Once upon a time the people of Egypt appeared before Alexander of
Macedon to complain of Israel. "It is said (Exod. xii. 36), they argued,
'The Lord gave the people favor in the sight of the Egyptians, so that
they lent unto them,' etc.;" and they prayed, "Give us now back the gold
and the silver that ye took from us." Givia ben Pesisa said to the wise
men (of Israel), "Give me permission to plead against them before
Alexander. If they overcome me, say, 'You have overcome a plebeian
only,' but if I overcome them, say, 'The law of Moses our master has
triumphed over you.'" They accordingly gave him leave, and he went and
argued thus, "Whence do ye produce your proof?" "From the law," said
they. Then said he, "I will bring no other evidence but from the law. It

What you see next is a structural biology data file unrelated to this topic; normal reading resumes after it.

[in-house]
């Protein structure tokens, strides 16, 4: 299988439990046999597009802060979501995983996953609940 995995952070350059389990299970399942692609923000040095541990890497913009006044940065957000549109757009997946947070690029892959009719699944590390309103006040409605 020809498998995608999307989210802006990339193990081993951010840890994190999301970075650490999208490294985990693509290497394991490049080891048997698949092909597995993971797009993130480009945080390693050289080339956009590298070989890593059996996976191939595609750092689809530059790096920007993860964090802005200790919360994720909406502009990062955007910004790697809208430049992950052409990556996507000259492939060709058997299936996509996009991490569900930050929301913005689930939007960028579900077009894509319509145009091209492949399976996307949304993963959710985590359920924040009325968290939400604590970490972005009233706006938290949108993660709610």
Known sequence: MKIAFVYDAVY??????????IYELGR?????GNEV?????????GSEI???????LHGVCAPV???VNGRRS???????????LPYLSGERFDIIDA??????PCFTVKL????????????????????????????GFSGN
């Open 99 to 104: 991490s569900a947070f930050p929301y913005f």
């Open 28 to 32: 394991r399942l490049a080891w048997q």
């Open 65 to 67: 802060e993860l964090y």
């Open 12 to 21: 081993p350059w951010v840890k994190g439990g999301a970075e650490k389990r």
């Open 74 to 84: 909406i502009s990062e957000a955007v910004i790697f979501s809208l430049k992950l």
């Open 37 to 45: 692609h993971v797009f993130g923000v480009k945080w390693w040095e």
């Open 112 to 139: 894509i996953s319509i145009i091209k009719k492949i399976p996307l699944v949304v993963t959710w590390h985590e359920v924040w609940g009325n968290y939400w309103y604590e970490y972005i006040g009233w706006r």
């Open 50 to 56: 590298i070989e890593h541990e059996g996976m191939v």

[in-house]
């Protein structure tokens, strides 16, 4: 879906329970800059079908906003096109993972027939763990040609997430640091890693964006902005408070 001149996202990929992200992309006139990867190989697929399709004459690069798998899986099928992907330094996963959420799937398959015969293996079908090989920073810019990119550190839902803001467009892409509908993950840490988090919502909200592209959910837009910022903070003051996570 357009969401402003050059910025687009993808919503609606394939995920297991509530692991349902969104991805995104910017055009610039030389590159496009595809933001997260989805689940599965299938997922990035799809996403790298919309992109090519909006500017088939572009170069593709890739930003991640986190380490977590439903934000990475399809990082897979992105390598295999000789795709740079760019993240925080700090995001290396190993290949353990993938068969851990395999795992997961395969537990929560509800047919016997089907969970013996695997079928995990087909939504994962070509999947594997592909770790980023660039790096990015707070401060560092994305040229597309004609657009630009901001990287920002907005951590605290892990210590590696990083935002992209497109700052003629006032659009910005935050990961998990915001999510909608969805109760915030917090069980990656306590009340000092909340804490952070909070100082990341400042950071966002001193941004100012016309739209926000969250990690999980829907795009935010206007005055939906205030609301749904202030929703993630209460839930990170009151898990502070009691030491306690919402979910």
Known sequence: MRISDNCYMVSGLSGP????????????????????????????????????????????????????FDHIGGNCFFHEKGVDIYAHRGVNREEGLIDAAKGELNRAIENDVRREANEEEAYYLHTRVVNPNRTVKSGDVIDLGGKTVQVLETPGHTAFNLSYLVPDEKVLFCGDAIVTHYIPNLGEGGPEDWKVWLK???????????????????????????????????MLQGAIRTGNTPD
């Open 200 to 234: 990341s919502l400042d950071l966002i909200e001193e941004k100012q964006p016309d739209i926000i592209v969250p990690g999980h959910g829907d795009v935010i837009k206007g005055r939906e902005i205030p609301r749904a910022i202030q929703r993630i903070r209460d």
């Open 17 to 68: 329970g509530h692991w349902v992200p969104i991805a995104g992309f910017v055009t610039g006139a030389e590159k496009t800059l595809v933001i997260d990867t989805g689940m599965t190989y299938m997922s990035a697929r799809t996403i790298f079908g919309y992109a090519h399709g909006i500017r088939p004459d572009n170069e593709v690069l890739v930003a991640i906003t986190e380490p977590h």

is said (Exod. xii. 40), 'The sojourning of the children of Israel, who
dwelt in Egypt, was four hundred and thirty years.' Pay us now the
usufruct of the labor of the sixty myriads whom ye enslaved in Egypt for
four hundred and thirty years." Alexander gave the Egyptians three days'
grace to prepare a reply, but they never put in an appearance. In fact,
they fled away and left both their fields and vineyards.
THE TALMUD, _Sanhedrin_, fol. 91, col. 1.